It was previously mentioned that both sides in the Watchmen legal case filed multiple Motions in Limine to exclude evidence from trial. I noted that some of the Motions are strange but I didn’t go much further than that. Now that the responses are filed, I will describe two Motions by Fox:
- Motion in Limine 2, which is an attempt to exclude (a) Fox’s budgets for recent pictures; and (b) details of studio executive Tom Rothman’s contract; and
- Motion in Limine 6, which is an attempt to exclude evidence or argument that Fox is an “underperforming studio” or that Warner Brothers is a “better” studio.
On the surface, arguing over who is a better studio may seem like petty sniping. The studios are actually fighting about something kind of important: the injunction to stop the Watchmen movie from being released on March 6, 2009.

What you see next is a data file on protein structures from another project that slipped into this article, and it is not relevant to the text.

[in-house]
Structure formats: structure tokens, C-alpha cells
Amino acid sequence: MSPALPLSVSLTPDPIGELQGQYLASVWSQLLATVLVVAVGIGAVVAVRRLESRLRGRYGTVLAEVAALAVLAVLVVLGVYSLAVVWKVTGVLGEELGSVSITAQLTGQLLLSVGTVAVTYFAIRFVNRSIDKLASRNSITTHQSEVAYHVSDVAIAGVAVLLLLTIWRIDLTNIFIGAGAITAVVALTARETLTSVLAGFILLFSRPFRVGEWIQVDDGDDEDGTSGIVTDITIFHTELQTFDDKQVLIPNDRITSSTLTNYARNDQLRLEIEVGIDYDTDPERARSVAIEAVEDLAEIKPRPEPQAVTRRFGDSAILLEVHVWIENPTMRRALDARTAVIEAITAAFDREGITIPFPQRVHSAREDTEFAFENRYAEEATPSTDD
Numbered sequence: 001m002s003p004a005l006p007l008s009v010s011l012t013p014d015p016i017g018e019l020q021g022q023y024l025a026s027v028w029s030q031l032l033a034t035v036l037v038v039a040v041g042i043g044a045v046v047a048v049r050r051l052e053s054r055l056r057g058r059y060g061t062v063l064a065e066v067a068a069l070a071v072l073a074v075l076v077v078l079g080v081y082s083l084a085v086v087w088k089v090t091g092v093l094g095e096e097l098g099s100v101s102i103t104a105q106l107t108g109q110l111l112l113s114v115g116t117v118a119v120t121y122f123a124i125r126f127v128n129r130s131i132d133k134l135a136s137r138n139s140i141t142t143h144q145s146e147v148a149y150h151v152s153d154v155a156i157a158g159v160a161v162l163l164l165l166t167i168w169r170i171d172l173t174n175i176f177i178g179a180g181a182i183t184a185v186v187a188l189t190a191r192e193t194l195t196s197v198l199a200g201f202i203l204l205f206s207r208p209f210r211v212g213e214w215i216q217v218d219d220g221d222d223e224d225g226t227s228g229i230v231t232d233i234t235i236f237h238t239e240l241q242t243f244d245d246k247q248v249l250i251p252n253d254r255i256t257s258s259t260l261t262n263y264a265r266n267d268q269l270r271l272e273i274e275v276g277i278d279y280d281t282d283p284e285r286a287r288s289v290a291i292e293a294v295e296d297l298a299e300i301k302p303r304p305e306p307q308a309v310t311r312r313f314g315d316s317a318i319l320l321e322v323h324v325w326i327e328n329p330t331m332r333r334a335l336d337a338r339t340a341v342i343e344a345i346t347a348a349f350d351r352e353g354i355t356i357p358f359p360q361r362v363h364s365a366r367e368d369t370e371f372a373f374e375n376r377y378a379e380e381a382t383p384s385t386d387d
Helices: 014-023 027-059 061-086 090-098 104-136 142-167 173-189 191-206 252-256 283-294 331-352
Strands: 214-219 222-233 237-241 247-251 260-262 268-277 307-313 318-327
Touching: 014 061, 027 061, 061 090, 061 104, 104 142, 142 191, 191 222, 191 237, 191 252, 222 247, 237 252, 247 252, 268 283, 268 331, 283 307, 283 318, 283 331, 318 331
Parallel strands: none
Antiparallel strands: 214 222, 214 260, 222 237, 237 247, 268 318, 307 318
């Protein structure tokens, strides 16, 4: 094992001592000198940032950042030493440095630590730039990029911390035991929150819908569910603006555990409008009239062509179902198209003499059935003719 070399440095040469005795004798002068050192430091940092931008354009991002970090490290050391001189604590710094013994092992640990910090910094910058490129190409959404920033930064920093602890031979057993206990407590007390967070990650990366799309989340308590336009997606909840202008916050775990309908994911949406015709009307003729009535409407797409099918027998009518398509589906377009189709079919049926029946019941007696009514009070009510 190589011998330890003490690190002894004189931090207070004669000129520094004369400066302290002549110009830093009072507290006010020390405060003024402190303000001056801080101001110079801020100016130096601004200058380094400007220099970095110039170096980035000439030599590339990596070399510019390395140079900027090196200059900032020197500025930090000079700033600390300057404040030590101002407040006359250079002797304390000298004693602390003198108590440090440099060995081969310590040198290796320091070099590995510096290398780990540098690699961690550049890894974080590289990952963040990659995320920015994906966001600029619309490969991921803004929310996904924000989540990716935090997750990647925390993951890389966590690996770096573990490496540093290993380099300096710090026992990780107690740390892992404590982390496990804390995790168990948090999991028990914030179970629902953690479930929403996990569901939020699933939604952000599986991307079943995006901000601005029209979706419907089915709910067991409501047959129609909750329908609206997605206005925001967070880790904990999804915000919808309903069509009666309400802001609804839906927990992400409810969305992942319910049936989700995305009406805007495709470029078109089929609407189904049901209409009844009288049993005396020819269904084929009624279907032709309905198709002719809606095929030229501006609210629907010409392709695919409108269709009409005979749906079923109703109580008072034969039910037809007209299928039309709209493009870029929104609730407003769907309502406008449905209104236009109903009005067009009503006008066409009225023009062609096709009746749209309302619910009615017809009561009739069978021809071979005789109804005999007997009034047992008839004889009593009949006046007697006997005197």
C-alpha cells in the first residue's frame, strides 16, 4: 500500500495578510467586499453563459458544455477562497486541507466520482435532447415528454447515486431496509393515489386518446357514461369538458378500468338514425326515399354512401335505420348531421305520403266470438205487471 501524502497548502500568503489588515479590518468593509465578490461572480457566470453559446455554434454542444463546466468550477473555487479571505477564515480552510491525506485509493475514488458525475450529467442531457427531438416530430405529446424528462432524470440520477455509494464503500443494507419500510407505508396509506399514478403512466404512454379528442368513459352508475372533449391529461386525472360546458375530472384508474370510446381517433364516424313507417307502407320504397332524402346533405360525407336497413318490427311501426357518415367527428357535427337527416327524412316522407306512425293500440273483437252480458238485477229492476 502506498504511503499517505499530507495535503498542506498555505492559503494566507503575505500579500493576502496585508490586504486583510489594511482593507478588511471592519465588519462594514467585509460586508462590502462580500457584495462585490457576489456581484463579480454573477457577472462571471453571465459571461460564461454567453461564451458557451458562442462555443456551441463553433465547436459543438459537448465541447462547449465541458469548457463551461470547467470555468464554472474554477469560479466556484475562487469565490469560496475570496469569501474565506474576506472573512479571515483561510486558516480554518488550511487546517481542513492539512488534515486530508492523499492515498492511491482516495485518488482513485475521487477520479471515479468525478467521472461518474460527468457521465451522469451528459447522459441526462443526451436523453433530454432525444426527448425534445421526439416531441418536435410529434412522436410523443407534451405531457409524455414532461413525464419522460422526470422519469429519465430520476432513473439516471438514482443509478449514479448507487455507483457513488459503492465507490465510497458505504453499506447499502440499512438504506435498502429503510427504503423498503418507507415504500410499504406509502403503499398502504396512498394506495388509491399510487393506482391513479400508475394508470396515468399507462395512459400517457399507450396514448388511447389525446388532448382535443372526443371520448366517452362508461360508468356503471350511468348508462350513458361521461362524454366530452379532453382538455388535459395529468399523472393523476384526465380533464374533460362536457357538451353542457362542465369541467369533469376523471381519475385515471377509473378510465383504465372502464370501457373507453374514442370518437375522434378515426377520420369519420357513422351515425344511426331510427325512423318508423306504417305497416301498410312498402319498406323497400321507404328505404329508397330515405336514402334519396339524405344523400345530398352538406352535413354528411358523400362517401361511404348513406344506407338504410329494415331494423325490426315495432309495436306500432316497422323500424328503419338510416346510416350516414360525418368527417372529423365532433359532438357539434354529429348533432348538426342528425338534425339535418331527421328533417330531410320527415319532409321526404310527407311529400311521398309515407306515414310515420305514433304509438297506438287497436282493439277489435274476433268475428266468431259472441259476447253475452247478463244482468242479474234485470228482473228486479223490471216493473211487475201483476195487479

In anticipation of Warner Brothers trial arguments, Fox filed the previously mentioned Motion in Limine to prevent Warner Brothers from presenting trial evidence that Fox studio is “underperforming,” or that Warner Bros. is a “better” studio. Fox simply claimed that this evidence is irrelevant and unduly prejudicial to the issues in the case. Warner Brothers’ response filled in the blanks left by Fox’s skeletal motion. Warner Brothers said that this information is relevant to Fox’s request for an injunction to stop the Watchmen movie, specifically Fox’s claim that it would be irreparably harmed by the film’s release. Warner Brothers bolstered its argument with various reasons why information about comparative studio performance and market share should be allowed at trial. Whether the evidence will actually be allowed is entirely up to the judge.